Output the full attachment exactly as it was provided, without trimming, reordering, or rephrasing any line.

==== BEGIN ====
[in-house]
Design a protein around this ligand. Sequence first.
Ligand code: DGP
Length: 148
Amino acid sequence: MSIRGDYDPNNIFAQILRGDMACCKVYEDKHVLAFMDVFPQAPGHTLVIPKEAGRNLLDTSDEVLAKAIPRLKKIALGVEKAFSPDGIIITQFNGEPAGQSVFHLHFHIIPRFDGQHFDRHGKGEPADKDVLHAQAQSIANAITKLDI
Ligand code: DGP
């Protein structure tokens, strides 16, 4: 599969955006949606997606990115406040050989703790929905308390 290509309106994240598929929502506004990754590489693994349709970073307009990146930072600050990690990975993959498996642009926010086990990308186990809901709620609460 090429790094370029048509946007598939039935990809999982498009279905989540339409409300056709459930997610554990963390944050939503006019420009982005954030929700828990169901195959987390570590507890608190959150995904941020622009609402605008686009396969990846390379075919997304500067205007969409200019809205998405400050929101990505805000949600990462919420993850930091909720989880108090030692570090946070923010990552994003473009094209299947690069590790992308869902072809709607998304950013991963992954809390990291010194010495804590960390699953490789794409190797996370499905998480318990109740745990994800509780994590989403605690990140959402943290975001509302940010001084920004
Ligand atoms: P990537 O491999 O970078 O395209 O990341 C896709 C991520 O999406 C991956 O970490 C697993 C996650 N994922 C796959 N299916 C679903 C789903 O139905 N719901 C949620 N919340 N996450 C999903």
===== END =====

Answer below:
[in-house]
Design a protein around this ligand. Sequence first.
Ligand code: DGP
Length: 148
Amino acid sequence: MSIRGDYDPNNIFAQILRGDMACCKVYEDKHVLAFMDVFPQAPGHTLVIPKEAGRNLLDTSDEVLAKAIPRLKKIALGVEKAFSPDGIIITQFNGEPAGQSVFHLHFHIIPRFDGQHFDRHGKGEPADKDVLHAQAQSIANAITKLDI
Ligand code: DGP
């Protein structure tokens, strides 16, 4: 599969955006949606997606990115406040050989703790929905308390 290509309106994240598929929502506004990754590489693994349709970073307009990146930072600050990690990975993959498996642009926010086990990308186990809901709620609460 090429790094370029048509946007598939039935990809999982498009279905989540339409409300056709459930997610554990963390944050939503006019420009982005954030929700828990169901195959987390570590507890608190959150995904941020622009609402605008686009396969990846390379075919997304500067205007969409200019809205998405400050929101990505805000949600990462919420993850930091909720989880108090030692570090946070923010990552994003473009094209299947690069590790992308869902072809709607998304950013991963992954809390990291010194010495804590960390699953490789794409190797996370499905998480318990109740745990994800509780994590989403605690990140959402943290975001509302940010001084920004
Ligand atoms: P990537 O491999 O970078 O395209 O990341 C896709 C991520 O999406 C991956 O970490 C697993 C996650 N994922 C796959 N299916 C679903 C789903 O139905 N719901 C949620 N919340 N996450 C999903």